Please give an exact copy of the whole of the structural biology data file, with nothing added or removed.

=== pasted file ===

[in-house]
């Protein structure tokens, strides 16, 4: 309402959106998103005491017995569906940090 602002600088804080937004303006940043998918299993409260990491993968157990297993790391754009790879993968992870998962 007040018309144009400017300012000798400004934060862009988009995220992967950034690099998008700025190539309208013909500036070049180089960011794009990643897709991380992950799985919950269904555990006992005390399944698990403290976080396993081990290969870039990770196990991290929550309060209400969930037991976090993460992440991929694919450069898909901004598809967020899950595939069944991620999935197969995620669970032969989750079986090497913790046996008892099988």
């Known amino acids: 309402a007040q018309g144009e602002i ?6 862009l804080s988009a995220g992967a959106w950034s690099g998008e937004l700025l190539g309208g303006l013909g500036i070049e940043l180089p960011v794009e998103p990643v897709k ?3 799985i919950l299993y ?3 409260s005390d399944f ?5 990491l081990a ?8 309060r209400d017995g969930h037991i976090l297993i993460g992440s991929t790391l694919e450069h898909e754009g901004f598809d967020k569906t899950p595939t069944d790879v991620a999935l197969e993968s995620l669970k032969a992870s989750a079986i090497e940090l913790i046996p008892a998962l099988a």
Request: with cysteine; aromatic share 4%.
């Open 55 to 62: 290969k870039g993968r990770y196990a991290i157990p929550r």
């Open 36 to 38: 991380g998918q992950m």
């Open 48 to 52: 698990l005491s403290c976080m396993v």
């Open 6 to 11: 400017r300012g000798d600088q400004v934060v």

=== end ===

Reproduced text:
[in-house]
């Protein structure tokens, strides 16, 4: 309402959106998103005491017995569906940090 602002600088804080937004303006940043998918299993409260990491993968157990297993790391754009790879993968992870998962 007040018309144009400017300012000798400004934060862009988009995220992967950034690099998008700025190539309208013909500036070049180089960011794009990643897709991380992950799985919950269904555990006992005390399944698990403290976080396993081990290969870039990770196990991290929550309060209400969930037991976090993460992440991929694919450069898909901004598809967020899950595939069944991620999935197969995620669970032969989750079986090497913790046996008892099988």
């Known amino acids: 309402a007040q018309g144009e602002i ?6 862009l804080s988009a995220g992967a959106w950034s690099g998008e937004l700025l190539g309208g303006l013909g500036i070049e940043l180089p960011v794009e998103p990643v897709k ?3 799985i919950l299993y ?3 409260s005390d399944f ?5 990491l081990a ?8 309060r209400d017995g969930h037991i976090l297993i993460g992440s991929t790391l694919e450069h898909e754009g901004f598809d967020k569906t899950p595939t069944d790879v991620a999935l197969e993968s995620l669970k032969a992870s989750a079986i090497e940090l913790i046996p008892a998962l099988a």
Request: with cysteine; aromatic share 4%.
């Open 55 to 62: 290969k870039g993968r990770y196990a991290i157990p929550r």
């Open 36 to 38: 991380g998918q992950m």
């Open 48 to 52: 698990l005491s403290c976080m396993v």
């Open 6 to 11: 400017r300012g000798d600088q400004v934060v």